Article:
• <p>The purpose of this study was to compare percent fat (% Fat) estimates from anthropometric equations using skinfolds (SKF) in women’s ice hockey players to estimates obtained from Lunar iDXA. Data were collected on 19 elite female Swedish hockey players (mean age ± SD = 18.4 ± 2.4 y). Four skinfolds (SKF) (triceps, abdominal, suprailiac, and thigh) were measured within two hours of iDXA assessments. The % Fat estimates from iDXA and four anthropometric equations were compared using paired t-tests, and a one-way ANOVA was used to compare % Fat estimates from the anthropometric equations. Bland Altman analyses were used to assess agreement between % Fat estimates from SKF and iDXA. The significance level was set a priori at p&lt;0.05. The % Fat estimates from anthropometric equations were significantly lower than those from iDXA (mean ± SD: 26.85 ± 4.93%,p=0.000). Bland Altman analyses indicated mean differences of -7.96 to -10.13 percentage points between anthropometric equations and iDXA. Estimates of % Fat from anthropometric equations (range: 16.72% to 18.89%) were within the range reported in earlier studies using the Sum of 7 SKF. Thus, SKF offer a reasonable alternative to iDXA for this population, but result in underestimates of % Fat relative to iDXA. Strength and conditioning coaches should use the same body composition assessment method consistently, and interpret the results with caution, as they are estimates and not true values.</p>
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9.
  • Gonzalez-Calvo, Gustavo, et al. (författare)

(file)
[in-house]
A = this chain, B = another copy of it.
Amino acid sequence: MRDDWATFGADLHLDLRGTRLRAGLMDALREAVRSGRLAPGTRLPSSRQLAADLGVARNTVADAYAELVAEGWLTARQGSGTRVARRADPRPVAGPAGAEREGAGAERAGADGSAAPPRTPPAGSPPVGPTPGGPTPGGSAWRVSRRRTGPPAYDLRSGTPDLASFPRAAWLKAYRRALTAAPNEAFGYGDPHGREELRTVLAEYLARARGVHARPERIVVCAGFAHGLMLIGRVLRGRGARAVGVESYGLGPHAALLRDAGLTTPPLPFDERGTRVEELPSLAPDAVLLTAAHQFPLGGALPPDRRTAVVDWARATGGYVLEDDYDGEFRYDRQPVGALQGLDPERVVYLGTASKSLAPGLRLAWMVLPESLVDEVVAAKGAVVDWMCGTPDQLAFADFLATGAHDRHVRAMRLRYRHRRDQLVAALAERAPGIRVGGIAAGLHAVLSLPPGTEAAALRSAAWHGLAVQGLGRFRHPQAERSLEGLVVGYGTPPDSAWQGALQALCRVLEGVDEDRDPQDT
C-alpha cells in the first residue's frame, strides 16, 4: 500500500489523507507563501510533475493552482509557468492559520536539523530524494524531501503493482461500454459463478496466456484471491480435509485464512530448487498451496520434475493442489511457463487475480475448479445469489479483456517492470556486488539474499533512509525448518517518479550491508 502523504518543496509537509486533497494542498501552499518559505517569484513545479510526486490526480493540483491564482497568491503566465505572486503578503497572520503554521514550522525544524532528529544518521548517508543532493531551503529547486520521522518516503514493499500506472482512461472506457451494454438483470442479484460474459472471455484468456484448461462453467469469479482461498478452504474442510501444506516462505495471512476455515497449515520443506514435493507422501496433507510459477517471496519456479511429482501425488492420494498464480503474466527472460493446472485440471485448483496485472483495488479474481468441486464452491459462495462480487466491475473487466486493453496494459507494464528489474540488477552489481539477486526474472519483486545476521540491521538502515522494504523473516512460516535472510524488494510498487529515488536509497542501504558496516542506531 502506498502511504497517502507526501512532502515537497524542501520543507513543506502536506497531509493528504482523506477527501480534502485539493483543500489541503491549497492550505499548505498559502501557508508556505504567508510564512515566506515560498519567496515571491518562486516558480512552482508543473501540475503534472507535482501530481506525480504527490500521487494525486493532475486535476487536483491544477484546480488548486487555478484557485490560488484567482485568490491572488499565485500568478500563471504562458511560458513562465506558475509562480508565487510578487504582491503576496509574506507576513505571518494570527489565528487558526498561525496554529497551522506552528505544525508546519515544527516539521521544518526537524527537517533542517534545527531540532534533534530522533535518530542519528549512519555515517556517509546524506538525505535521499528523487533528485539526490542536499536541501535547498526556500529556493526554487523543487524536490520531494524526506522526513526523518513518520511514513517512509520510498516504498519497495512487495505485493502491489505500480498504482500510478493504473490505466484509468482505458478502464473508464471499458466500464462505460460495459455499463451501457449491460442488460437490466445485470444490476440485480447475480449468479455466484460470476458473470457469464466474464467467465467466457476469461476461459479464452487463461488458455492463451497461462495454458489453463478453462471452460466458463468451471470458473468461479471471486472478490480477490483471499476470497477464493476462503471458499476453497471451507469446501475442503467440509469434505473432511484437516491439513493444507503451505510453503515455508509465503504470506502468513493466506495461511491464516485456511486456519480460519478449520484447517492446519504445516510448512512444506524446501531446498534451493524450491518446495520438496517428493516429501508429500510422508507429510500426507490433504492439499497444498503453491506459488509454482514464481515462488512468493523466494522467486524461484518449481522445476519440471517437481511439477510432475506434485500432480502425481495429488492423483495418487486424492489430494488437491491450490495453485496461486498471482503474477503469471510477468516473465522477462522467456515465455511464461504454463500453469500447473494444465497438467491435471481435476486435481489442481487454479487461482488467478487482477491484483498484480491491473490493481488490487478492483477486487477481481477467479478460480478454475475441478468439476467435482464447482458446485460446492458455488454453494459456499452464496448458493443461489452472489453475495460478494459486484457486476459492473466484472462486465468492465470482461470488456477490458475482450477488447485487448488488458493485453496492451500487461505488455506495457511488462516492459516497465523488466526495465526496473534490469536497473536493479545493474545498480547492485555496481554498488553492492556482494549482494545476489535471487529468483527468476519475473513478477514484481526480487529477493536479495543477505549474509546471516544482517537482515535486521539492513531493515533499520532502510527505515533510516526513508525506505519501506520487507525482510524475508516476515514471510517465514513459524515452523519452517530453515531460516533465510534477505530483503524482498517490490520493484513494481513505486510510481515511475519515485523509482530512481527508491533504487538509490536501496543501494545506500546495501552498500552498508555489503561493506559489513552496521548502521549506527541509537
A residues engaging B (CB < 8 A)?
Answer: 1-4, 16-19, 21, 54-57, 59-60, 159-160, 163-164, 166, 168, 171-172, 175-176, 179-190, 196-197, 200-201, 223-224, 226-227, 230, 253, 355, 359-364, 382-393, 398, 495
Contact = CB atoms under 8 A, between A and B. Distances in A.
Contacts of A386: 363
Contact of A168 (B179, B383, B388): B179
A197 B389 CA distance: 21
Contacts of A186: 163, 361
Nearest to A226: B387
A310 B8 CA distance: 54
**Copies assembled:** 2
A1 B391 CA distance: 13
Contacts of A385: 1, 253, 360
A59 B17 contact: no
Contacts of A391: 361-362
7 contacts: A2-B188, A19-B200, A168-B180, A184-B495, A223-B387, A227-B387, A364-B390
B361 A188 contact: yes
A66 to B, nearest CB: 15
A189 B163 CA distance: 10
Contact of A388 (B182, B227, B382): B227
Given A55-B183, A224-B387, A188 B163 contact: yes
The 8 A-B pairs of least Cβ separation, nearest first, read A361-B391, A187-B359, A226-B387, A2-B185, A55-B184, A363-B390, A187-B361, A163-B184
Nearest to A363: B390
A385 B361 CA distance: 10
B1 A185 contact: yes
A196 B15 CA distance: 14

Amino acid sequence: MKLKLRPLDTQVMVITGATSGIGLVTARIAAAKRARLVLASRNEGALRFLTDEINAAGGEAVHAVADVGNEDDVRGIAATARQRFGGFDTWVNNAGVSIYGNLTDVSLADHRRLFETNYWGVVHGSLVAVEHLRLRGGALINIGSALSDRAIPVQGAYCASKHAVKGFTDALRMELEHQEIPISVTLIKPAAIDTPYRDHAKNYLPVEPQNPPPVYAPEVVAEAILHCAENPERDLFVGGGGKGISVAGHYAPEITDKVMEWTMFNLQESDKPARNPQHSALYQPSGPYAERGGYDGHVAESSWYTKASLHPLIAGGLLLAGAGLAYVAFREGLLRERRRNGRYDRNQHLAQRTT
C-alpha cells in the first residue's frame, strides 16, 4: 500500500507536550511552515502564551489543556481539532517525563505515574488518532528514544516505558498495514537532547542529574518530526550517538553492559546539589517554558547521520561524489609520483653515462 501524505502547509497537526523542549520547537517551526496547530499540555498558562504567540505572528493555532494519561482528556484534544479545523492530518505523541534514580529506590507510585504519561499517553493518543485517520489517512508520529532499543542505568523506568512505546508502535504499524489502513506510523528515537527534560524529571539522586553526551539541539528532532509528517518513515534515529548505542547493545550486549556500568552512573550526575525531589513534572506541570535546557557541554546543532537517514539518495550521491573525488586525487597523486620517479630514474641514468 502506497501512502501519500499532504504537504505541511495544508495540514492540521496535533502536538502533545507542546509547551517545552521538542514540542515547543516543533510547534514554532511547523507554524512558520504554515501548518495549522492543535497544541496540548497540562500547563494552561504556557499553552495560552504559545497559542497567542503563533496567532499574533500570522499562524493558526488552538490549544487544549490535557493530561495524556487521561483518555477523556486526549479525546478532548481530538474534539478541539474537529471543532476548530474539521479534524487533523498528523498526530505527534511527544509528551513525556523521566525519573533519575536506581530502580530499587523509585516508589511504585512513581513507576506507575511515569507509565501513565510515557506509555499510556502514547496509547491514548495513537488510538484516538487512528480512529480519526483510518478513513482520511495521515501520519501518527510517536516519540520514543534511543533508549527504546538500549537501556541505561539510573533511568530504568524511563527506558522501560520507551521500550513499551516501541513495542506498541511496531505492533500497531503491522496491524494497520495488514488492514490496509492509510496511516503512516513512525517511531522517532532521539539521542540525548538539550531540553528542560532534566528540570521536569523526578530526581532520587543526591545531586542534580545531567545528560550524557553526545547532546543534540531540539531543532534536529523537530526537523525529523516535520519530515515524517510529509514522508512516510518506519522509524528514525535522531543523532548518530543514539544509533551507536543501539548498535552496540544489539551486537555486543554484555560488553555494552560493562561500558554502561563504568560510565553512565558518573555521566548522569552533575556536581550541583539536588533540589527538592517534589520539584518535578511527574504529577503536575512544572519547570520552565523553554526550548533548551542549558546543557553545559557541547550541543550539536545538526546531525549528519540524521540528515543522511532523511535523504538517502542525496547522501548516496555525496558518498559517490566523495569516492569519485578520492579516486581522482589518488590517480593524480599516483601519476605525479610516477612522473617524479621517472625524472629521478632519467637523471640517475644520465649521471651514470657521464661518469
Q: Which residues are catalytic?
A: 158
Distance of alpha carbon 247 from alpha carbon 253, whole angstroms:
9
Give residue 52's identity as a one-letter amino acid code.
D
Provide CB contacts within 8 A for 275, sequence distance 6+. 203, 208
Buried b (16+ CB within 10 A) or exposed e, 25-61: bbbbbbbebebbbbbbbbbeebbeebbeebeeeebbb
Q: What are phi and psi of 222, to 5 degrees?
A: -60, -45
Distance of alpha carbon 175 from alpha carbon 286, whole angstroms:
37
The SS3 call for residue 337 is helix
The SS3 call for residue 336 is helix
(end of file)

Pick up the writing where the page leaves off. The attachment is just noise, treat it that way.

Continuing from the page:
• 'I feel, therefore I am' : unpacking preservice physical education teachers' emotions
  • 2020
  • Ingår i: Sport, Education and Society. - Routledge. - 1357-3322 .- 1470-1243. ; 25:5, s. 543-555
  • Tidskriftsartikel (refereegranskat)abstract
    • <p>The teaching profession requires an understanding of teachers' and students' emotions, and teachers' emotions can influence their teaching practice, professional development and pedagogical approaches. Furthermore, emotions are embodied and they may have a detrimental effect on wellbeing if they are not addressed properly. This paper explores the emotional dimensions of preservice primary teachers' practicum experiences in physical education (PE). Body journals were used to collect data which were analysed using a Sociology of Emotions (SoE) approach. The findings revealed that preservice teachers' emotions manifest physically during their practicum, especially at particular junctures, such as at the beginning of their teaching. Preservice teachers felt the need to make a 'good impression' within the school through the regulation of their emotions as they faced continual challenges to succeed in unfamiliar teaching circumstances. The conclusions of this study demonstrate the benefits of providing opportunities for preservice PE teachers to reflect on their emotions during the practicum and the consequences that these may have on their bodies and teaching practices.</p>
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10.
  • Jouper, John, et al. (författare)
  • Mindful Recovery : A Case Study of a Burned-Out Elite Shooter
  • 2013
  • Ingår i: The Sport psychologist. - 0888-4781 .- 1543-2793. ; 27:1, s. 92-102
  • Tidskriftsartikel (refereegranskat)abstract
    • <p>Research on how to recover from athlete burnout is scarce. The current aim is therefore to describe an intervention with an elite shooter suffering from burnout, and the use of mindfulness and Qigong to reestablish sport functioning as well as general well-being. The participant used mindfulness and Qigong exercise on a daily basis. Exercise frequency, exercise time, concentration level and Qigong state were noted daily, and levels of stress, energy and primordial force were self-rated weekly for 20 weeks, and followed up after 30, 40 and 50 weeks. The participant recovered from burnout to a state of general well-being (energy and primordial force changed from weak to strong), and her ability to stay concentrated in a Qigong state changed from weak to strong. Her capacity to shoot high scores was reestablished, even if her shooting endurance was not fully recovered. Mindfulness and Qigong techniques may be useful in the prevention of and recovery from athlete burnout.</p>